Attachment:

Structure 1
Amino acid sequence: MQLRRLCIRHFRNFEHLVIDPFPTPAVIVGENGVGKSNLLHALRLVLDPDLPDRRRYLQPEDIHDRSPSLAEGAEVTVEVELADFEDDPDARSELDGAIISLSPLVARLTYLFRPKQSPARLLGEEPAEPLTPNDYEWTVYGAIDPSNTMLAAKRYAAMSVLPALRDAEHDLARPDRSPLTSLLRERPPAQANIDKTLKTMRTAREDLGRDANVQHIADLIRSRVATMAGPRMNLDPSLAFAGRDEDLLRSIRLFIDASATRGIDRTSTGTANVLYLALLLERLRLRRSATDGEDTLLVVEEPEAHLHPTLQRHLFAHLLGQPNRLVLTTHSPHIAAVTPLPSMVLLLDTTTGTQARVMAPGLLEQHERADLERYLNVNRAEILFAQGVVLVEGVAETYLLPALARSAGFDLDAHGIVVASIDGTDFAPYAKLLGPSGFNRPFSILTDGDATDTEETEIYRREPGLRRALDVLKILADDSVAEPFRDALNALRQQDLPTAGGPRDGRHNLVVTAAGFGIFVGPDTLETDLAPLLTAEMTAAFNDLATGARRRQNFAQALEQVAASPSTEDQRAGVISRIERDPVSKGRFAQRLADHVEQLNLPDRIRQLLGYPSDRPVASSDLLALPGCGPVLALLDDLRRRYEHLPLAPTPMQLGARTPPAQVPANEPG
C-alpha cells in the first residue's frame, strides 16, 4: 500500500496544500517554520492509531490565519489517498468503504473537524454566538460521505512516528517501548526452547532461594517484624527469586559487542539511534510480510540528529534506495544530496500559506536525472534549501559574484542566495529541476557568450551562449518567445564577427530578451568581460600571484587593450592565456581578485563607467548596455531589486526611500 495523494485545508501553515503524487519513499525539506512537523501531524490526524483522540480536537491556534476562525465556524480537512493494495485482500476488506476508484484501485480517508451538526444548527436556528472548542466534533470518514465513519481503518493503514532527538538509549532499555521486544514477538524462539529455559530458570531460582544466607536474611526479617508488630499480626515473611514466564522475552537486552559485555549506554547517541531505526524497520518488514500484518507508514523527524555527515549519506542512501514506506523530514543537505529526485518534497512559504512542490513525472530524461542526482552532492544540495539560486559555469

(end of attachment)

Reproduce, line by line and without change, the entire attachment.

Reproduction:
Structure 1
Amino acid sequence: MQLRRLCIRHFRNFEHLVIDPFPTPAVIVGENGVGKSNLLHALRLVLDPDLPDRRRYLQPEDIHDRSPSLAEGAEVTVEVELADFEDDPDARSELDGAIISLSPLVARLTYLFRPKQSPARLLGEEPAEPLTPNDYEWTVYGAIDPSNTMLAAKRYAAMSVLPALRDAEHDLARPDRSPLTSLLRERPPAQANIDKTLKTMRTAREDLGRDANVQHIADLIRSRVATMAGPRMNLDPSLAFAGRDEDLLRSIRLFIDASATRGIDRTSTGTANVLYLALLLERLRLRRSATDGEDTLLVVEEPEAHLHPTLQRHLFAHLLGQPNRLVLTTHSPHIAAVTPLPSMVLLLDTTTGTQARVMAPGLLEQHERADLERYLNVNRAEILFAQGVVLVEGVAETYLLPALARSAGFDLDAHGIVVASIDGTDFAPYAKLLGPSGFNRPFSILTDGDATDTEETEIYRREPGLRRALDVLKILADDSVAEPFRDALNALRQQDLPTAGGPRDGRHNLVVTAAGFGIFVGPDTLETDLAPLLTAEMTAAFNDLATGARRRQNFAQALEQVAASPSTEDQRAGVISRIERDPVSKGRFAQRLADHVEQLNLPDRIRQLLGYPSDRPVASSDLLALPGCGPVLALLDDLRRRYEHLPLAPTPMQLGARTPPAQVPANEPG
C-alpha cells in the first residue's frame, strides 16, 4: 500500500496544500517554520492509531490565519489517498468503504473537524454566538460521505512516528517501548526452547532461594517484624527469586559487542539511534510480510540528529534506495544530496500559506536525472534549501559574484542566495529541476557568450551562449518567445564577427530578451568581460600571484587593450592565456581578485563607467548596455531589486526611500 495523494485545508501553515503524487519513499525539506512537523501531524490526524483522540480536537491556534476562525465556524480537512493494495485482500476488506476508484484501485480517508451538526444548527436556528472548542466534533470518514465513519481503518493503514532527538538509549532499555521486544514477538524462539529455559530458570531460582544466607536474611526479617508488630499480626515473611514466564522475552537486552559485555549506554547517541531505526524497520518488514500484518507508514523527524555527515549519506542512501514506506523530514543537505529526485518534497512559504512542490513525472530524461542526482552532492544540495539560486559555469